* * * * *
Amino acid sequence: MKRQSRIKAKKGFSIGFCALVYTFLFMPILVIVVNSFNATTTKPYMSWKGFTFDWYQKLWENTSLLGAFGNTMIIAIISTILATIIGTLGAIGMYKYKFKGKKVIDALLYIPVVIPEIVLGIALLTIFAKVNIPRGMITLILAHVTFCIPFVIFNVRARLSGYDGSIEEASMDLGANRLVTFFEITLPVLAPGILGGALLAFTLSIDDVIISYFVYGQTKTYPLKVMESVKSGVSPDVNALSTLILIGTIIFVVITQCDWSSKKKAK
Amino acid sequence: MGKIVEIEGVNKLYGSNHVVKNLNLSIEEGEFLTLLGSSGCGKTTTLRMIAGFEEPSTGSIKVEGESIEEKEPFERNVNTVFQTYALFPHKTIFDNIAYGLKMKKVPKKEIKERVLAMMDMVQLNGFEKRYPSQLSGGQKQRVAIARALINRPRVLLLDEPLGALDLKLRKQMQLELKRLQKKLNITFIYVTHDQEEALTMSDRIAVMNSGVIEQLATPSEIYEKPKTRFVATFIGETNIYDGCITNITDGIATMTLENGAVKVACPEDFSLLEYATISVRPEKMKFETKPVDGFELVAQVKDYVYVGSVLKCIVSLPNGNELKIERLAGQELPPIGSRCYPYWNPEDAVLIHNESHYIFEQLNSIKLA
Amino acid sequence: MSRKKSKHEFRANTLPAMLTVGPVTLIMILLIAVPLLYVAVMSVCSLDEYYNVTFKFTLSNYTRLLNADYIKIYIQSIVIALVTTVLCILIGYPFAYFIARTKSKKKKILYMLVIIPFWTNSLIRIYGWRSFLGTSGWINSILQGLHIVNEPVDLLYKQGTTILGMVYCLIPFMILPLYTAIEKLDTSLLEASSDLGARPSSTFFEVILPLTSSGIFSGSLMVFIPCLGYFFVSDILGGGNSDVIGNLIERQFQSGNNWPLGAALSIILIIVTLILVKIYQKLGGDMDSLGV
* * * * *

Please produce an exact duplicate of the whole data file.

Amino acid sequence: MKRQSRIKAKKGFSIGFCALVYTFLFMPILVIVVNSFNATTTKPYMSWKGFTFDWYQKLWENTSLLGAFGNTMIIAIISTILATIIGTLGAIGMYKYKFKGKKVIDALLYIPVVIPEIVLGIALLTIFAKVNIPRGMITLILAHVTFCIPFVIFNVRARLSGYDGSIEEASMDLGANRLVTFFEITLPVLAPGILGGALLAFTLSIDDVIISYFVYGQTKTYPLKVMESVKSGVSPDVNALSTLILIGTIIFVVITQCDWSSKKKAK
Amino acid sequence: MGKIVEIEGVNKLYGSNHVVKNLNLSIEEGEFLTLLGSSGCGKTTTLRMIAGFEEPSTGSIKVEGESIEEKEPFERNVNTVFQTYALFPHKTIFDNIAYGLKMKKVPKKEIKERVLAMMDMVQLNGFEKRYPSQLSGGQKQRVAIARALINRPRVLLLDEPLGALDLKLRKQMQLELKRLQKKLNITFIYVTHDQEEALTMSDRIAVMNSGVIEQLATPSEIYEKPKTRFVATFIGETNIYDGCITNITDGIATMTLENGAVKVACPEDFSLLEYATISVRPEKMKFETKPVDGFELVAQVKDYVYVGSVLKCIVSLPNGNELKIERLAGQELPPIGSRCYPYWNPEDAVLIHNESHYIFEQLNSIKLA
Amino acid sequence: MSRKKSKHEFRANTLPAMLTVGPVTLIMILLIAVPLLYVAVMSVCSLDEYYNVTFKFTLSNYTRLLNADYIKIYIQSIVIALVTTVLCILIGYPFAYFIARTKSKKKKILYMLVIIPFWTNSLIRIYGWRSFLGTSGWINSILQGLHIVNEPVDLLYKQGTTILGMVYCLIPFMILPLYTAIEKLDTSLLEASSDLGARPSSTFFEVILPLTSSGIFSGSLMVFIPCLGYFFVSDILGGGNSDVIGNLIERQFQSGNNWPLGAALSIILIIVTLILVKIYQKLGGDMDSLGV